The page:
The continued use of violence in Zimbabwe mimics the continued violence in other colonized countries that are now independent. Perhaps, one could argue, this is not unusual: Certainly, France and Great Britain and the United States all went through bloody periods on their way to independence and democracy. Still, now that we have examples of stable countries where people have a voice, are we willing to let a country like Zimbabwe go through years of bloodshed in order to achieve it? I don’t know if we have the stamina, which is why we simply condemn and then create social engineering programs to achieve what we hope will be the desired outcome. It rarely is because social engineering frequently has unintended side effects; and then we must create more programs to fix the unintended side effects.
In the last couple of years, those of us in the Western world have been treated to hours of rhetoric outlining a strategy of violence in order to achieve safety and democracy and to protect freedom. I understand—and appreciate—the concept of self-defense, though I struggle with accepting it; and I understand—and support—the idea of a “free world” (though that is a propagandized phrase and is used as a rhetorical weapon to promote the use of violence in places like Iraq). A few years ago, however, I committed myself to pacifism, then retreated into a limited pacifism, and now find myself wondering once again if total pacifism isn’t the right response. I think this, I suppose, because I recognize that violence has never really bought or gained freedom, though I can clearly see the virtue of going to war against an evil like the Rwandan government during the 1994 genocide.
Liberation and Feminism and Violence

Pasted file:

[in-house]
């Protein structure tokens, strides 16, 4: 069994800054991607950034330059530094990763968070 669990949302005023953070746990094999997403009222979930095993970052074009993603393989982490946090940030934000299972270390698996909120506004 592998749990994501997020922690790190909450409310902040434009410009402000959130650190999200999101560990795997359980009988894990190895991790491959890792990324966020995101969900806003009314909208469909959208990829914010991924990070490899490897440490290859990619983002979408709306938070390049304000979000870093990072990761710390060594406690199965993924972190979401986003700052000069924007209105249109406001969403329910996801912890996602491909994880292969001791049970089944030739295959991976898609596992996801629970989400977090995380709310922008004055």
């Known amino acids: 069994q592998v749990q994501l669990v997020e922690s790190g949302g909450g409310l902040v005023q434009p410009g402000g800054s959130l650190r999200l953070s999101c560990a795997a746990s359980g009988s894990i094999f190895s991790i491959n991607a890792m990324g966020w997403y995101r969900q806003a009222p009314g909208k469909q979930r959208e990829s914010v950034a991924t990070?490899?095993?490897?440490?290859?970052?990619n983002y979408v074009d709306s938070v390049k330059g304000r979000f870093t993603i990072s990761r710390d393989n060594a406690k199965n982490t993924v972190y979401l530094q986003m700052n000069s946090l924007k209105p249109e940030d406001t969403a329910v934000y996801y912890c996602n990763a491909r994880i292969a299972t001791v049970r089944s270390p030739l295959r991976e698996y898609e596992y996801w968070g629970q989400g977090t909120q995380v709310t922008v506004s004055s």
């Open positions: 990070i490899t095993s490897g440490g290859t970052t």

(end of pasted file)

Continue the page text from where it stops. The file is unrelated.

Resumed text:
Many years ago, when I was ensconced in the evangelical Christian world, I spent a few months in Australia listening to rather rabid lay theologians suggest how we should view the world. I was at the beginning of what would become the unraveling of my faith, and I was hurting over my place, as a woman, in the church I loved.
There had been several arguments with a gentleman who was a fellow student, and he had told me that Scripture is quite clear about women’s inferiority. We were the “lesser sex” and that meant, he said, intellectually, spiritually, physically, and emotionally.
I asked directly: “You mean to tell me that even though I know I’m smarter than many men”—including you, I wanted to say, but didn’t—“and I can prove that empirically, I am still inferior to them intellectually?”
“Yes,” he said. “That’s what the Bible says.”
(As an aside, I don’t know where my hurt came from. Certainly, the men in my family—my father, brothers, uncles—treated me and other women as equals. But I still had a chip on my shoulder, and it had partly to do with the incongruities between treating a woman as equal but insisting that she couldn’t be a pastor and that she had to be “submissive” to her husband.)
Later that day, or the next day, I listened to one speaker say he was tired of people claiming that God didn’t love women as much as he loved men because, after all, who had he chosen to carry his son for nine months, and who had he entrusted with the raising of his son, and if that didn’t prove exactly how high God placed women in the spectrum of humankind, what did? And later, I thought exactly how stupid of a comment that was because even if you accept that Mary was impregnated by some divine event, and the entire story of Jesus is miraculous, who else was God going to choose but a woman? I guess he could have chosen a man. Why not? Now that would have been a miracle! But still, it seems like common sense to me that God would choose a woman, so that didn’t prove anything to me, anything at all; certainly, it didn’t take away the sting from certain Scriptures that indicated my lesser status in the Kingdom of God.
I sat in my chair after the speaker had finished, and I let everyone leave, and then I started to weep. I wept and wept and wept in that room, alone, in southeastern Australia, I wept while the snot and tears pooled on the desk in front of me and I didn’t wipe it up because I was that sad. I so desperately wanted to find my place, I so desperately didn’t want to be a second-class citizen, I so desperately wanted everyone to understand that I was of equal value as a woman and that I was smarter and more adept and better equipped to take on the challenges of life than many men I knew and why in the year of grace 1995 I should still be questioning my status as a woman was beyond me. I started to hate Christianity that day.